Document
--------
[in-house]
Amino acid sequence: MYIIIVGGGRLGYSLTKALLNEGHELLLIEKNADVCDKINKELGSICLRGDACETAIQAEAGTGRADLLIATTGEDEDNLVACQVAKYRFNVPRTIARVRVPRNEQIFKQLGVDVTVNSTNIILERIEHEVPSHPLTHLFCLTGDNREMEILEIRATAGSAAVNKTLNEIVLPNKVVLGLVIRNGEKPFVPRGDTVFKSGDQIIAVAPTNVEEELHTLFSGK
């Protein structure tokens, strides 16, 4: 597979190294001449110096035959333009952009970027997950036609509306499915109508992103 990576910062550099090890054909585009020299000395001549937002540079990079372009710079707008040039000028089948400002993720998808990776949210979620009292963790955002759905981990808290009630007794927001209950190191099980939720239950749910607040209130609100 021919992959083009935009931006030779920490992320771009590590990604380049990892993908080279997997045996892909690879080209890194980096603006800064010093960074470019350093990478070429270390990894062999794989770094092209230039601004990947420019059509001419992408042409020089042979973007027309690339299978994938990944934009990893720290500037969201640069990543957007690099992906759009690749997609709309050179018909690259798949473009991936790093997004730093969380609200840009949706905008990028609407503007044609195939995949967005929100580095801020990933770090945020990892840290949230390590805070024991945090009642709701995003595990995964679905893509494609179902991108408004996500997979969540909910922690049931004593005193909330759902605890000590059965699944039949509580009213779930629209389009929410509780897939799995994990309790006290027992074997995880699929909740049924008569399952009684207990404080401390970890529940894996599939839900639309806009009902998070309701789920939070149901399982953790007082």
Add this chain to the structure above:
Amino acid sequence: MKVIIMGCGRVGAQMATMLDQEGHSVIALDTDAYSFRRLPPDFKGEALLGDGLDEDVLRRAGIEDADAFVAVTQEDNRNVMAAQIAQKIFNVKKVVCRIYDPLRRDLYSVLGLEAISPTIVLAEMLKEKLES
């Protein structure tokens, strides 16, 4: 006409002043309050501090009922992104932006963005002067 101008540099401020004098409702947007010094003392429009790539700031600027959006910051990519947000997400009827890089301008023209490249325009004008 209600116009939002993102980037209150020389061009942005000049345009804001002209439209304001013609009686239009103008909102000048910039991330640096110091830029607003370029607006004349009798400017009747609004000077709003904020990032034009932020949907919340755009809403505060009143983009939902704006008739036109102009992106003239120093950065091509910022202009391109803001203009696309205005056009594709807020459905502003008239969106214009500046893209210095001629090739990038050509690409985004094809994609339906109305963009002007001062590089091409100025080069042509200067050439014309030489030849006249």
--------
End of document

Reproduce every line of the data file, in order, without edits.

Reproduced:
[in-house]
Amino acid sequence: MYIIIVGGGRLGYSLTKALLNEGHELLLIEKNADVCDKINKELGSICLRGDACETAIQAEAGTGRADLLIATTGEDEDNLVACQVAKYRFNVPRTIARVRVPRNEQIFKQLGVDVTVNSTNIILERIEHEVPSHPLTHLFCLTGDNREMEILEIRATAGSAAVNKTLNEIVLPNKVVLGLVIRNGEKPFVPRGDTVFKSGDQIIAVAPTNVEEELHTLFSGK
């Protein structure tokens, strides 16, 4: 597979190294001449110096035959333009952009970027997950036609509306499915109508992103 990576910062550099090890054909585009020299000395001549937002540079990079372009710079707008040039000028089948400002993720998808990776949210979620009292963790955002759905981990808290009630007794927001209950190191099980939720239950749910607040209130609100 021919992959083009935009931006030779920490992320771009590590990604380049990892993908080279997997045996892909690879080209890194980096603006800064010093960074470019350093990478070429270390990894062999794989770094092209230039601004990947420019059509001419992408042409020089042979973007027309690339299978994938990944934009990893720290500037969201640069990543957007690099992906759009690749997609709309050179018909690259798949473009991936790093997004730093969380609200840009949706905008990028609407503007044609195939995949967005929100580095801020990933770090945020990892840290949230390590805070024991945090009642709701995003595990995964679905893509494609179902991108408004996500997979969540909910922690049931004593005193909330759902605890000590059965699944039949509580009213779930629209389009929410509780897939799995994990309790006290027992074997995880699929909740049924008569399952009684207990404080401390970890529940894996599939839900639309806009009902998070309701789920939070149901399982953790007082």
Add this chain to the structure above:
Amino acid sequence: MKVIIMGCGRVGAQMATMLDQEGHSVIALDTDAYSFRRLPPDFKGEALLGDGLDEDVLRRAGIEDADAFVAVTQEDNRNVMAAQIAQKIFNVKKVVCRIYDPLRRDLYSVLGLEAISPTIVLAEMLKEKLES
């Protein structure tokens, strides 16, 4: 006409002043309050501090009922992104932006963005002067 101008540099401020004098409702947007010094003392429009790539700031600027959006910051990519947000997400009827890089301008023209490249325009004008 209600116009939002993102980037209150020389061009942005000049345009804001002209439209304001013609009686239009103008909102000048910039991330640096110091830029607003370029607006004349009798400017009747609004000077709003904020990032034009932020949907919340755009809403505060009143983009939902704006008739036109102009992106003239120093950065091509910022202009391109803001203009696309205005056009594709807020459905502003008239969106214009500046893209210095001629090739990038050509690409985004094809994609339906109305963009002007001062590089091409100025080069042509200067050439014309030489030849006249």